I once had a colleague who insisted that at the heart of every organization was a “core of rot”. He was a hilarious cynic who’s acerbic tongue often spoke the truth others denied. I remember vehemently denying his theory, as I pushed my rose-colored corporate glasses further up the bridge of my nose and sipped my purple cool-aid with a bendy straw.
For me, his notion struck a similar chord as that age-old existential question: “are people essentially good or essentially evil?” In case it’s not blatantly obvious, I’ve always been a devout member of the “good” camp. But I was so wrong. It’s not about good or bad or essence at all. It’s about wholeness. It about embracing and seeing the gifts in all the pieces that make us (and organizations) who we are – not just the ones we like. Ultimately, it’s about the courage to look our worst fears in the eye. And then befriending them – taking those fears out for a beer, hearing their side of the story and learning from their wisdom.
People have talked about this phenomenon for ages in a multitude of manners – Carl Jung talks about “our shadow”, Debbie Ford calls it “the dark side”. Open our eyes, and we see that our attempts to run away from or – worse yet – deny the existence of the darkest of those polarities are an exercise in futility. The Chinese culture teaches us about the need to acknowledge our wholeness in terms of Yin/Yang. The very planet we live on demonstrates this principle through the ebb and flow of the tides, and by witnessing the dance the sun and the moon do every day to give us both light and dark in our skies. And still we resist. Or at least I do.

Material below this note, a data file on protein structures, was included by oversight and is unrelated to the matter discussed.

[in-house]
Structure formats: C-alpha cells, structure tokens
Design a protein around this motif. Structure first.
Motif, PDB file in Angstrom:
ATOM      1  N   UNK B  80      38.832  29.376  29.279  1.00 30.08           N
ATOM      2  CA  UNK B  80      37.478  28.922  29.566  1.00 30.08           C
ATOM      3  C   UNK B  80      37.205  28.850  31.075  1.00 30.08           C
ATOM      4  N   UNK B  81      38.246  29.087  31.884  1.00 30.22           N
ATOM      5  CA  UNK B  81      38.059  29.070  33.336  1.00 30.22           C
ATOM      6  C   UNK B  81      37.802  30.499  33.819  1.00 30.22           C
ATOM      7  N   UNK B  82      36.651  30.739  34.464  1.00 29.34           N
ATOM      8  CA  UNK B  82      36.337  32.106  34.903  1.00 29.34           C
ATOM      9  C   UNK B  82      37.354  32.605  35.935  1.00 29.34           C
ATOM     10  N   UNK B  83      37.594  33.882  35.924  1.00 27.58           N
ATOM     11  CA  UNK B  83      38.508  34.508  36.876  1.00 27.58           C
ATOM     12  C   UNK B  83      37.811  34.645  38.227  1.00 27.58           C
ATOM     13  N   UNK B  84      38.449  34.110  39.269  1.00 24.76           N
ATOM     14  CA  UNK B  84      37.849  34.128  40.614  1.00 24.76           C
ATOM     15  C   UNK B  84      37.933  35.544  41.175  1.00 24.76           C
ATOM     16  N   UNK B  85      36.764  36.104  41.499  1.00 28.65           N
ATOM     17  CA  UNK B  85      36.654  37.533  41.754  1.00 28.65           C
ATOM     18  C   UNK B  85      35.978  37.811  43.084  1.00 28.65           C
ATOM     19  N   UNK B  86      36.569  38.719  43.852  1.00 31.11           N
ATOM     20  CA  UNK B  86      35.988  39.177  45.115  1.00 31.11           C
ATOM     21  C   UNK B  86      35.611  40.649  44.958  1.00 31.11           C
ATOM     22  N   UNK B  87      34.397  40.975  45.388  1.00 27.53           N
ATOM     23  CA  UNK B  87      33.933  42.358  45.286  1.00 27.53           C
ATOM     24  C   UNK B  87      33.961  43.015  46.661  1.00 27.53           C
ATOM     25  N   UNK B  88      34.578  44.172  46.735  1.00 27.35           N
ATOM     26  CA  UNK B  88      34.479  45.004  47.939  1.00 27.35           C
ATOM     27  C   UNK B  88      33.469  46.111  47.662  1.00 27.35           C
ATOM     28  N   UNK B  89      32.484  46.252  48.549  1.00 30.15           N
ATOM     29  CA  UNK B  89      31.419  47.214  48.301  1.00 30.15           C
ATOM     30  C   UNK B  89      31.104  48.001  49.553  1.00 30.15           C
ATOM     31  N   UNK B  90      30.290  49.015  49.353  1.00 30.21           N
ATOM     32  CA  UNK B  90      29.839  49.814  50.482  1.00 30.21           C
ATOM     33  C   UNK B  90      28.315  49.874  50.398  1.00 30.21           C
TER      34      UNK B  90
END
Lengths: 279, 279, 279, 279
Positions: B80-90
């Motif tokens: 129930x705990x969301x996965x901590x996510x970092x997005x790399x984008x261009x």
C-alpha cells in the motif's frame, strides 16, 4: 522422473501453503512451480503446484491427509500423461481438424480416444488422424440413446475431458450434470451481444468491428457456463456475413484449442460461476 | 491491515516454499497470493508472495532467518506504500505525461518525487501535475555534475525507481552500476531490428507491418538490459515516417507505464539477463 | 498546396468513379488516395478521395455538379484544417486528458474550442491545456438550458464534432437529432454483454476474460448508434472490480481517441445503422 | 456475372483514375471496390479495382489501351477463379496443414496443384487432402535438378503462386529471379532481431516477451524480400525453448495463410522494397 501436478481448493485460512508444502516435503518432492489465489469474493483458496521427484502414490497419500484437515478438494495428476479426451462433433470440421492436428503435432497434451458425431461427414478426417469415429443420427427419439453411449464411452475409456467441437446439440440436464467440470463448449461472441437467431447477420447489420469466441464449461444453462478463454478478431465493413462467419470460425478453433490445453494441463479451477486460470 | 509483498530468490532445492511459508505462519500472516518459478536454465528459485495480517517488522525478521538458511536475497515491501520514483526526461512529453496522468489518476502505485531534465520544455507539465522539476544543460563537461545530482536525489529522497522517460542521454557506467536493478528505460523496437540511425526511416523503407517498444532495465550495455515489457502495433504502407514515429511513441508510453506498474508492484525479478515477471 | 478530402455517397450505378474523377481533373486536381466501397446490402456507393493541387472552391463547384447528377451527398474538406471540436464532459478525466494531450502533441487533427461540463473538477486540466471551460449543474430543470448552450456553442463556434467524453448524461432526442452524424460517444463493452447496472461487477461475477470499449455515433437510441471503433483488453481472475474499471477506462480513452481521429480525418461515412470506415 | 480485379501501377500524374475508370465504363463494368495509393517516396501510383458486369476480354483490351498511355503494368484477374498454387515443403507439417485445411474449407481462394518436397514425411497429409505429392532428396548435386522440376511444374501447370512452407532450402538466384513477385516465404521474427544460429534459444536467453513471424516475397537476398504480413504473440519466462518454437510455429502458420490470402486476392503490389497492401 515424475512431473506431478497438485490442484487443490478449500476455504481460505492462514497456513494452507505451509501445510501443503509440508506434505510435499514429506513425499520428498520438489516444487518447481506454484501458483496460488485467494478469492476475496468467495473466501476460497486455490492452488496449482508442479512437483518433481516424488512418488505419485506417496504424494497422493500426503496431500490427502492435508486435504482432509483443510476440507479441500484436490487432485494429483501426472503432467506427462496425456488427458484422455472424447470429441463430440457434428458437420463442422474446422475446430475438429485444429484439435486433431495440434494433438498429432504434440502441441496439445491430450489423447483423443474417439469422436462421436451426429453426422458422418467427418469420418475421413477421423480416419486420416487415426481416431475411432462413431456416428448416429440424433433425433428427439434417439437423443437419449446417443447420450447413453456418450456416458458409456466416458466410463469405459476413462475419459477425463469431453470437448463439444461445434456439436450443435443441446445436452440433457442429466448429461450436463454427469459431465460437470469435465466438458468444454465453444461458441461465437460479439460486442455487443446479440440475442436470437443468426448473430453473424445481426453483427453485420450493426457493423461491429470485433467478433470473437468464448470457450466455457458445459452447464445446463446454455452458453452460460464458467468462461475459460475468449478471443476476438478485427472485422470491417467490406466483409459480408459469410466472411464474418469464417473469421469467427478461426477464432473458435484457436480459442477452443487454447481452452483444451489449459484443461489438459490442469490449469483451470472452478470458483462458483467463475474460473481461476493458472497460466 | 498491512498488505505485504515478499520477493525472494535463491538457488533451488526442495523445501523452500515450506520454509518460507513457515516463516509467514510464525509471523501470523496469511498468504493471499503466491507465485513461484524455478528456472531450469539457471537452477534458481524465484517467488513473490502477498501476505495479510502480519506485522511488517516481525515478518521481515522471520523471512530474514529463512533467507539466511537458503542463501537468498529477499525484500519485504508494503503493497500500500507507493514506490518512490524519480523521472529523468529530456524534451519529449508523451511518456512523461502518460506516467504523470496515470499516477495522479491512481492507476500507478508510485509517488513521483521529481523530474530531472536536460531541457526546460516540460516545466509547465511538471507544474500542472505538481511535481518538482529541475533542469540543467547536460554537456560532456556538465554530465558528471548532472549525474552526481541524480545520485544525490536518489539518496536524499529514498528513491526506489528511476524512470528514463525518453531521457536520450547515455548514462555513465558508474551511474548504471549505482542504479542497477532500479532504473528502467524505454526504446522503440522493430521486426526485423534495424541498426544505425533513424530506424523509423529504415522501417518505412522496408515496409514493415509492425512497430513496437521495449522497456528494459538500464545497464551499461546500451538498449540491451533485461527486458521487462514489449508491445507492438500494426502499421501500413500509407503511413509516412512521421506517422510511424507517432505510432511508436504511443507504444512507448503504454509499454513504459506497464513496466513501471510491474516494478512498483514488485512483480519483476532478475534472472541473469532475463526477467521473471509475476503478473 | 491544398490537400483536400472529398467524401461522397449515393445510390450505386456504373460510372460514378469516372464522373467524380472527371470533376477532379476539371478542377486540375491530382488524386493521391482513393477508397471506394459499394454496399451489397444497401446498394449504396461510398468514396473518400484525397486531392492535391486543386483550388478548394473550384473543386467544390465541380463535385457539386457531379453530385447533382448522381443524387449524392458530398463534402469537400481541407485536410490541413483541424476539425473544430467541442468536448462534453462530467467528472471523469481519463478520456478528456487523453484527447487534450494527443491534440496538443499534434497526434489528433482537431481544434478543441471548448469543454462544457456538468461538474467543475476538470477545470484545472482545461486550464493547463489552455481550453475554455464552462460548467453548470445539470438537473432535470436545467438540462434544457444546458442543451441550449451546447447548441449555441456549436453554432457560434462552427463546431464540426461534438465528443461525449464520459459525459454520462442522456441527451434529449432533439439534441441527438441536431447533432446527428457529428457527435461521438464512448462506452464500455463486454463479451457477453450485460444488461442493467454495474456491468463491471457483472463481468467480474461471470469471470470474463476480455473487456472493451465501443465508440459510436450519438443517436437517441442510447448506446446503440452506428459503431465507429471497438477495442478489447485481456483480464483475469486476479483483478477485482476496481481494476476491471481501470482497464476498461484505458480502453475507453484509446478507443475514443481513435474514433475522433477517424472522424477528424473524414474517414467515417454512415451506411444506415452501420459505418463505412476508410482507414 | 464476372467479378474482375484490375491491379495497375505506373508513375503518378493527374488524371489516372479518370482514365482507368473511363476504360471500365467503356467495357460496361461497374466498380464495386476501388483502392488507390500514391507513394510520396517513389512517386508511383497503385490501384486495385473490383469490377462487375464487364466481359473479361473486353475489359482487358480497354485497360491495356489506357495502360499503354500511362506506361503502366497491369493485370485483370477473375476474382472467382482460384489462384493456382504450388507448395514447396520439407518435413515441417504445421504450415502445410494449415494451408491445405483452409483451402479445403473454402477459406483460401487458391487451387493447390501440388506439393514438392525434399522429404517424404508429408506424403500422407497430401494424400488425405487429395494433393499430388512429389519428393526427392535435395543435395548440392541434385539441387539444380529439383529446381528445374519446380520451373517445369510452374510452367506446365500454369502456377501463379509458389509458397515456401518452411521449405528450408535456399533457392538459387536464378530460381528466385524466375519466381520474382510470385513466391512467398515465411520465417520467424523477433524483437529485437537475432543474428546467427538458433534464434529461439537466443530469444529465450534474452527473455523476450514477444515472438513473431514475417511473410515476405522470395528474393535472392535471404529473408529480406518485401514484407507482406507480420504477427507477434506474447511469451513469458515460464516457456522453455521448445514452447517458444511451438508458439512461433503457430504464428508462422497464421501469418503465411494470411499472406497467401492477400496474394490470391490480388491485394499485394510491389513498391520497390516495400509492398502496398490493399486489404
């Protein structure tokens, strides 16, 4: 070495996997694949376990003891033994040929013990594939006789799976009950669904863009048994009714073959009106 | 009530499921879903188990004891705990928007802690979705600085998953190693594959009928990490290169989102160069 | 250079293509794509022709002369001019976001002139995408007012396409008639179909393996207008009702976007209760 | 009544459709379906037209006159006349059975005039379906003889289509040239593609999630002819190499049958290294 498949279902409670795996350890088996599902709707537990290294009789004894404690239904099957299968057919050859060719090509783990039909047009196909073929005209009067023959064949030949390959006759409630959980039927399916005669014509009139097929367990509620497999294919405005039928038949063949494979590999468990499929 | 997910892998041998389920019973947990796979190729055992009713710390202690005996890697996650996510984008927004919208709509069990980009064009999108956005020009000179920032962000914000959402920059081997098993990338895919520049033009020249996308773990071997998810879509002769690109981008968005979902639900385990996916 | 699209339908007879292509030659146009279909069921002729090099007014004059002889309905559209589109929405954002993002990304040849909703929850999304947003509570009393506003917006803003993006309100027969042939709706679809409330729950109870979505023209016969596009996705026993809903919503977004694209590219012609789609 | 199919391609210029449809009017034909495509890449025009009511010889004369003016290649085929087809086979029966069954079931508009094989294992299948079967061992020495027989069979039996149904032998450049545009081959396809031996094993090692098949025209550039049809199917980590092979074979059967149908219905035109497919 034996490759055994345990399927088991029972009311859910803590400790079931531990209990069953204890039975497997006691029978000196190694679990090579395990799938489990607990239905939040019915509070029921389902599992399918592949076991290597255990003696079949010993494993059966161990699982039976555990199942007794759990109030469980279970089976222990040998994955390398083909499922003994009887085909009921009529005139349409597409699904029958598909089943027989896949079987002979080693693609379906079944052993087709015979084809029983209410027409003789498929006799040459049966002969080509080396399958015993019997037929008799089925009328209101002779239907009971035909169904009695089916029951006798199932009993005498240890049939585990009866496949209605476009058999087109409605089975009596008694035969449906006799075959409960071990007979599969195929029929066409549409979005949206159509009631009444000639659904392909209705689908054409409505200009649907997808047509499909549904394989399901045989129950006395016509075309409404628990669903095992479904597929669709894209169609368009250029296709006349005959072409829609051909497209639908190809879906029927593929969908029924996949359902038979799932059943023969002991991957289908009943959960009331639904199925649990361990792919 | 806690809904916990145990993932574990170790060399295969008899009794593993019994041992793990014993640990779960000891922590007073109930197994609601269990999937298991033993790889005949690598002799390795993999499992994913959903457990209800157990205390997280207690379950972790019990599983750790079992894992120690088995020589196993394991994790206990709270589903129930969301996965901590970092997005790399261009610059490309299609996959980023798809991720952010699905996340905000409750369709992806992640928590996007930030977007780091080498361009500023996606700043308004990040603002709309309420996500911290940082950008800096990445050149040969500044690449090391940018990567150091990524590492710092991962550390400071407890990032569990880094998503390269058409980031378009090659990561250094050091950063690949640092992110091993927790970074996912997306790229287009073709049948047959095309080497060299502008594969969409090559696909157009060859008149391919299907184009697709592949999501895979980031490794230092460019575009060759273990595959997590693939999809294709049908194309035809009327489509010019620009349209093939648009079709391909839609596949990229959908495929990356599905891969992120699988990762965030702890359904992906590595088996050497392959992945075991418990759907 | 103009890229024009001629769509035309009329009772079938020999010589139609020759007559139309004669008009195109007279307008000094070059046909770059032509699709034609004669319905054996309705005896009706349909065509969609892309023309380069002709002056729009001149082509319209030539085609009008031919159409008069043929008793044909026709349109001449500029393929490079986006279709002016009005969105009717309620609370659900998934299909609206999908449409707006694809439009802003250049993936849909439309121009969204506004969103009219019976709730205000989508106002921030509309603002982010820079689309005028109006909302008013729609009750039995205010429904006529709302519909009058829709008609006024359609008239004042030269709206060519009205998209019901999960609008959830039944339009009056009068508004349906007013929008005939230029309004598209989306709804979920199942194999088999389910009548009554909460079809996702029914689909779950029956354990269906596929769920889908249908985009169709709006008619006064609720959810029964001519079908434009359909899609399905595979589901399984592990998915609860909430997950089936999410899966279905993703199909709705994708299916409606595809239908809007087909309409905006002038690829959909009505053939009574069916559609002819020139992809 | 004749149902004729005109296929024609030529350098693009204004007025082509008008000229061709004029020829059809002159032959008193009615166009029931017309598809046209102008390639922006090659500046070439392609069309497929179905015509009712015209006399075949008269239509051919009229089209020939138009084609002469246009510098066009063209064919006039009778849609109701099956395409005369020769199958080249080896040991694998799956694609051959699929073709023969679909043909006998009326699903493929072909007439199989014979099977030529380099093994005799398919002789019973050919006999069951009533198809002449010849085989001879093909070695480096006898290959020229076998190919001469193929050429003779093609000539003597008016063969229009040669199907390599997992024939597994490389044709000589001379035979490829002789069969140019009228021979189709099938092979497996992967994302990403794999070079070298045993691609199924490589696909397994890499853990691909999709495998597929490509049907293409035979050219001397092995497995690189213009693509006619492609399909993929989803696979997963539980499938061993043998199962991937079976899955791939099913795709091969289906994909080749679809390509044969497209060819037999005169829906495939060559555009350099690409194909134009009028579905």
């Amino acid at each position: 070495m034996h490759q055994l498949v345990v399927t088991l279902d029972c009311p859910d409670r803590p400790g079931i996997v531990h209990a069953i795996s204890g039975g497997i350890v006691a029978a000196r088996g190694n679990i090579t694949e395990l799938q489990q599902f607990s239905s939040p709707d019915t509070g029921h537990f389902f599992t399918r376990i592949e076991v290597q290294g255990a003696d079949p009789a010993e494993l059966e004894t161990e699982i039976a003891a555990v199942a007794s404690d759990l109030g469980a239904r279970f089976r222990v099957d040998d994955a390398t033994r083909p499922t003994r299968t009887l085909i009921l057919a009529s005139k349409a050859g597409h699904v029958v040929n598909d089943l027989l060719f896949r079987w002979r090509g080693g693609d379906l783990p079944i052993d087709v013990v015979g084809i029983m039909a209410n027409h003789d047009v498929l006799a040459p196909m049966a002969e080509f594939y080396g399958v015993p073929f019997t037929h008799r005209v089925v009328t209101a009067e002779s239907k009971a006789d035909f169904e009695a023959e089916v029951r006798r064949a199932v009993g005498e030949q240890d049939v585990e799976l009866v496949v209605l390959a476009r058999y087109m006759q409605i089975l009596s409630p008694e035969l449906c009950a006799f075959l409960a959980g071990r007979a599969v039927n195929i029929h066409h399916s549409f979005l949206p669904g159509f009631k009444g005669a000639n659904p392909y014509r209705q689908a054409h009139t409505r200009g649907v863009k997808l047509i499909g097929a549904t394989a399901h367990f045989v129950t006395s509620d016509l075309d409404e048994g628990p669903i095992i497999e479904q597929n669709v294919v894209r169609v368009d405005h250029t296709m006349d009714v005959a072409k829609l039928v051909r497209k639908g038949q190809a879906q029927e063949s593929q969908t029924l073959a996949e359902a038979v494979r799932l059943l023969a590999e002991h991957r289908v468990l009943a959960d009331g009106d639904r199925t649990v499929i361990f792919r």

Countless writers – including this one – say that it is part of our humanness to resist discomfort. We like peace and harmony and, well…light. Our dualistic culture has done a great job in reinorcing that notion throughout history, embedding those fears into our stories, archetypal myths and social constructs, making “darkness” synonymous with “evil” or “danger.” There is a reason witches wear black hats and monsters tend to come out at night. I’m touching upon a loaded topic – one that is better suited for a piece on diversity and how people and groups of people become marginalized. But for the purposes of this piece, my intent is to illustrate this point: darkness and shadow – and everything associated with it - get a bad rap and because of that our fears cause us to miss out on its gifts.
If you really think about it, it’s actually quite absurd. It’s like denying that a tree casts a shadow in bright sunlight. In that context, it just is what it is. It’s not good or bad, it’s simply part of the picture. Part of the whole. The light and the darkness provide context and perspective for the other to exist. They are both serving a purpose.
Let me first be very clear on what I mean by “darkness” and how that relates to the whole “core of rot” title. What lives in our shadow or the darkness are those pieces of ourselves that we find most distasteful – even shameful. Those pieces that are hard for us to be with; hard for us to find value in. The parts of ourselves that we keep close to our chest, like tightly-guarded secrets (like being judgmental, wickedly jealous, spiteful, needy or insecure. All the things that are not listed in the Book of Virtues. Get it?
We would like them to go away. And so we do our best to make that happen. And in doing so, we often spend ridiculous amounts of time engaged in fruitless attempts to chew our own leg out of the trap that is ourselves. At first we might deny those feelings or traits and then when (surprise!) they return we might resort to berating ourselves for being so petty or trite or small-minded or cruel for even having them to begin with. If that doesn’t work (which it never does), we run. We run as fast as we can into one of our comfortable happy places. We get busy, we create situations in which others need and depend upon us more, we distract ourselves, we isolate ourselves or we numb ourselves. So you tell me…who won this battle? You or your fear? Who is the fugitive in this scenario?